Our drug pipeline consists of preclinical small molecule drugs that are designed to hit select targets with high potency and outstanding selectivity in difficult-to-reach tissues of interest like the brain or the eye.
These novel targeted therapies are entirely based on the application of our AI and wet-lab technology platform. We leverage synergies in the physiological disease mechanisms, the molecular targets, and the compound mode of action to target unmet medical needs. Our therapeutic small molecule research and development includes the simultaneous exploration and optimization of target-specific PET tracers as preclinical tools and clinical direct biomarkers.
We pursue a variety of promising protein kinase targets that have the potential to slow down, stop, or even revert the progression of Parkinson’s Disease (PD), Alzheimer’s Disease (AD) and other forms of acute and chronic neurodegeneration. We target both, the underlying cause of the disease like spreading of a-synuclein or phosphorylation of tau and amyloid-beta, and the corresponding microglia activation, cytokine signaling, and neuroinflammation. We have built a synergistic portfolio of highly selective, brain-penetrating small molecule drugs that have a high potential to become game-changers in the treatment of the largest burden for the aging and growing population.
Leaky blood brain barrier
The blood-brain-barrier consists of a tight layer of cells that protect the brain from all kinds of toxins, proteins, viruses, and infiltrating cells that circulate in the blood stream. In the aging population and in many devastating CNS diseases the barrier becomes more porous, and immune cells slip through and attack the nerve cells as in Multiple Sclerosis (MS) or cause epilepsy in Alzheimer’s Disease (AD), and lead to Vascular Dementia (VaD).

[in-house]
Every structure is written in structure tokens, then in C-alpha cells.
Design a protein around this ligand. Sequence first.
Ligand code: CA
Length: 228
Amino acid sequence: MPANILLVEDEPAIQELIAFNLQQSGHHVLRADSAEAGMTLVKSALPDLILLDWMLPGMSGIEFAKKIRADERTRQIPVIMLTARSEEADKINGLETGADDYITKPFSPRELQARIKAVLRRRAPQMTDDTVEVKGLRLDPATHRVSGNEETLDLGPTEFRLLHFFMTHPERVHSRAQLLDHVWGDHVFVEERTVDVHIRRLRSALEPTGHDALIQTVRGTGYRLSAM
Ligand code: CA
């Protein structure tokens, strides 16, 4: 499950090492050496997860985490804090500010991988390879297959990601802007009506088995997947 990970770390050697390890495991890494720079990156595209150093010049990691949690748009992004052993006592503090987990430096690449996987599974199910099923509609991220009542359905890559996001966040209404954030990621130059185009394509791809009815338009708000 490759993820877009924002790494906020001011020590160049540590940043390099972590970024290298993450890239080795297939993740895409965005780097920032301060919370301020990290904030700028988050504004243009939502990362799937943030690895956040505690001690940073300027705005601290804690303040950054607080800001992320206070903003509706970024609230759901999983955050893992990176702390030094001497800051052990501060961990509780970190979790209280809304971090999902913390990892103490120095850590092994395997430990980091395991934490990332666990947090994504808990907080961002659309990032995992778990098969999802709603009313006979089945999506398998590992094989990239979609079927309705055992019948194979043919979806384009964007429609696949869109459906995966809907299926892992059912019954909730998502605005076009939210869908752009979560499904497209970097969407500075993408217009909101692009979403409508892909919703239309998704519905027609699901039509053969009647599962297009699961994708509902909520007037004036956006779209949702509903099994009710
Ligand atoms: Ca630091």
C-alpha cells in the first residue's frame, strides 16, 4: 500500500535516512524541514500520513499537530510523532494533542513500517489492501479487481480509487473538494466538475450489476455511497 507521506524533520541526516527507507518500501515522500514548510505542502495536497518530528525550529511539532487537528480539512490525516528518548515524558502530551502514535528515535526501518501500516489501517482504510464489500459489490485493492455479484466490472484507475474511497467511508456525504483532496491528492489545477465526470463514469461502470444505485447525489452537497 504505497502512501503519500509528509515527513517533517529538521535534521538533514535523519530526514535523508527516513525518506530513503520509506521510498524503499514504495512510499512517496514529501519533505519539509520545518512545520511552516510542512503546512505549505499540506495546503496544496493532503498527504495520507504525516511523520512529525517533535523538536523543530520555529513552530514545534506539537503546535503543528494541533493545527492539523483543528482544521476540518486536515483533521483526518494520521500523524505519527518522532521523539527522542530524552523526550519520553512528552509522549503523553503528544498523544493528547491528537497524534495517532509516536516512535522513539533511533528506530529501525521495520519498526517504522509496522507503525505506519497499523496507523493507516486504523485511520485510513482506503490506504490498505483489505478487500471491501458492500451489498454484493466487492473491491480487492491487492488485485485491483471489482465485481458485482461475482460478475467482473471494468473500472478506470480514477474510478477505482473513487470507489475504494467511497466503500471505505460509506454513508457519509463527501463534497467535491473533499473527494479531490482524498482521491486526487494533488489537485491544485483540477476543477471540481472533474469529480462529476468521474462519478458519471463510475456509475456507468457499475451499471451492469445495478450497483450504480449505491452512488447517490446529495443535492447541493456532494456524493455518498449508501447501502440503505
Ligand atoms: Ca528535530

We have identified novel small molecules that reconstitute the tight junctions and improve blood-barrier-function in vitro and in vivo.
The vast majority of the approved anticancer drugs do not sufficiently cross the blood-brain-barrier. This means that metastasizing cells can hide and spread in the brain as the drug cannot reach an effective concentration there to fight them. In addition, primary brain cancers like glioblastoma represent a high unmet medical need.
We have created a portfolio of brain-penetrating small molecules that hit validated anticancer targets in the brain and in the system, thus aiming at the redefinition of the standard-of-care in cancer treatment.
Viral infections account for the majority of the severe infections worldwide. Limited options are available to combat novel viruses. Small molecule antivirals have the great advantage to target a broader spectrum of viruses, including yet unknown viruses. We focused on viral encephalitis, which is caused by a variety of common viruses like herpes simplex virus (HSV). As viruses can retract to compartments of the body that are not reached by current antiviral compounds, we optimized our antivirals for efficient brain penetration.
Since 2017, we have been using a combination of targeted design and phenotypic screening to identify and optimize antiviral small molecules with a novel mode of action. Our inhibitors show efficacy on multiple strains of DNA and RNA viruses including clinical isolates of resistance strains.
Update – January 2021: We have successfully extended our research program to include SARS-CoV-2. First data confirm that the MOA targeted by our small molecule drugs reduces viral load significantly at low concentrations. The PK shows excellent exposure in the lungs and brain, and that clinically significant exposures can be achieved at low doses. Our compounds may therfore provide a therapeutic treatment for Covid-19 and other viral infections.
The eye represents a particular organ that can be targeted systemically and topically. Topical administration to the eye, in particular as eye drops, has the advantage of a minimal drug exposure and reduction of unwanted side-effects in the body. In order to be efficacious and long-lasting, the small molecule drugs must display a very specific set of properties to reach the eye tissue, which is protected by a three-layer tear film.
We pursue novel targets to combat the sight-threatening host response to eye infection by fungi, virus, and bacteria. In addition, we target other forms of eye inflammation and tissue degeneration, as well as allergic conditions, to preserve and improve patient’s precious vision.